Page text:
AGAINST THE backdrop of their success in reducing noise levels during the festival of Diwali this year, the Mumbai traffic police, along with the ‘Awaaz’ Foundation and the Indian Medical Association (IMA) have launched ‘honk flu’, a campaign to reduce unnecessary honking on the city’s roads.
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Mumbai police commissioner Dattatray Padsalgikar said while announcing the campaign, “Motorists indulge in unnecessary honking without realising the impact it can have on their health.”
Dr John Panicker, national coordinator of the Indian Medical Association’s Safe Sound Initiative said that noise from excessive honking can lead to heart and mental health problems.
Sumaira Abdulali of Awaaz Foundation said, “The slump in noise levels during Diwali was a relief. Mumbai was low on noise and air pollution compared to several other cities.” She said the Awaaz Foundation is hoping noise pollution levels will go down further once motorists cut down on honking.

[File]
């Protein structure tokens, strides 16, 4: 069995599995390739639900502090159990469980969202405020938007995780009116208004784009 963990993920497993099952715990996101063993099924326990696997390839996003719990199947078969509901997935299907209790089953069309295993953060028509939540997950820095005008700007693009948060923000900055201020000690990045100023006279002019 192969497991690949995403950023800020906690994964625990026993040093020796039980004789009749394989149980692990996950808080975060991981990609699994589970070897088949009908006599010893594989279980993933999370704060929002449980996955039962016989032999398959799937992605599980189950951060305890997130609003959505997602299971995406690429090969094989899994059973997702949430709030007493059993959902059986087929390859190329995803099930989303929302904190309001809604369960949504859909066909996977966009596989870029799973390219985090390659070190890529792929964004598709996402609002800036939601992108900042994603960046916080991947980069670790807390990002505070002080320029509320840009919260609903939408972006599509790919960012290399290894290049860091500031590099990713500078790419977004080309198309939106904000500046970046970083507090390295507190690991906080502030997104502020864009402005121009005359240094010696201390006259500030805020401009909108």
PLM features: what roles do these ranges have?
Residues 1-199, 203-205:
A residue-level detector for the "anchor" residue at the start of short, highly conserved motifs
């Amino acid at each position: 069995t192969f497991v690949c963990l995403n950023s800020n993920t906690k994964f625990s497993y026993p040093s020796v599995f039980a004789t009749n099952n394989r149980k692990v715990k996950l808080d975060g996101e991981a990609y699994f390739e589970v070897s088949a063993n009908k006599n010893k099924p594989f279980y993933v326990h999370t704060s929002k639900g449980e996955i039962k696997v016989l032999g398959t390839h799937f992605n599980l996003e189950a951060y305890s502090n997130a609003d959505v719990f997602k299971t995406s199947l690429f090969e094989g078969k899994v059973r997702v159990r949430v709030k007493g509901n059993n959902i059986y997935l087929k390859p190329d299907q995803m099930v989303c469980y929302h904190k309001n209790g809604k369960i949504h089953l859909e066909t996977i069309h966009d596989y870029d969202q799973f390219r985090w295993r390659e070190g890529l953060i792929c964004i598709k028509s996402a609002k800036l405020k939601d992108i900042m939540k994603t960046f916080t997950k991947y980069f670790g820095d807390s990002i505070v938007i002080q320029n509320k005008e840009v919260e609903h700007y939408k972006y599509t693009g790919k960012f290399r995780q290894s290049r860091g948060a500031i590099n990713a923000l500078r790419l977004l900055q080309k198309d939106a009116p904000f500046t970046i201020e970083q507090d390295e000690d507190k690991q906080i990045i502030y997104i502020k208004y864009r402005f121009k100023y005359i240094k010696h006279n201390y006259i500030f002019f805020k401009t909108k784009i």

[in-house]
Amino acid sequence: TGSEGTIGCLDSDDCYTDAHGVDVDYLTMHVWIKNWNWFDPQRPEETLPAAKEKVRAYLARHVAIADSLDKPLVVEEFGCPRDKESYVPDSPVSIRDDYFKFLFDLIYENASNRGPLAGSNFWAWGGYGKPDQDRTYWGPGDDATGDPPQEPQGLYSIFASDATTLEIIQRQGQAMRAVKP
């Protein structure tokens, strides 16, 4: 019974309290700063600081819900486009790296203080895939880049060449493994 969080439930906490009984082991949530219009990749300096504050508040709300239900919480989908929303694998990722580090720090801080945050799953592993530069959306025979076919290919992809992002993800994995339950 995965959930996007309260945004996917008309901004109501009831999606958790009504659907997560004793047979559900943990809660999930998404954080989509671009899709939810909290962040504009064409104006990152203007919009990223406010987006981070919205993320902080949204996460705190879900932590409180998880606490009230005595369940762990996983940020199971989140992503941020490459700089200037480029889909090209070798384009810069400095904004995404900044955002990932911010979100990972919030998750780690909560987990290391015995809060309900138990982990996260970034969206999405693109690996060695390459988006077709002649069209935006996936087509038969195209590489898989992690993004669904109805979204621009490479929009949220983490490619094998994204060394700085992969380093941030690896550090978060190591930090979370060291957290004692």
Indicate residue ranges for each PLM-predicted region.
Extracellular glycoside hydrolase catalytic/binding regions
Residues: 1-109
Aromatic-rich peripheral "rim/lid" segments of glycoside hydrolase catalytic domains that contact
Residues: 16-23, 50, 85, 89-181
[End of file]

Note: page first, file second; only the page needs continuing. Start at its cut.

She said the noise level due to fire crackers this Diwali was 10 per cent lower than the previous year. Last year, the noise level stood at 123 decibels, while this year it was at113 decibels The traffic police, which has already registered over 12,000 cases of incessant and unexplained honking in the past couple of months, has been asked by the police to continue the crackdown. Around 1,000 cases have been filed by police for causing noise pollution.
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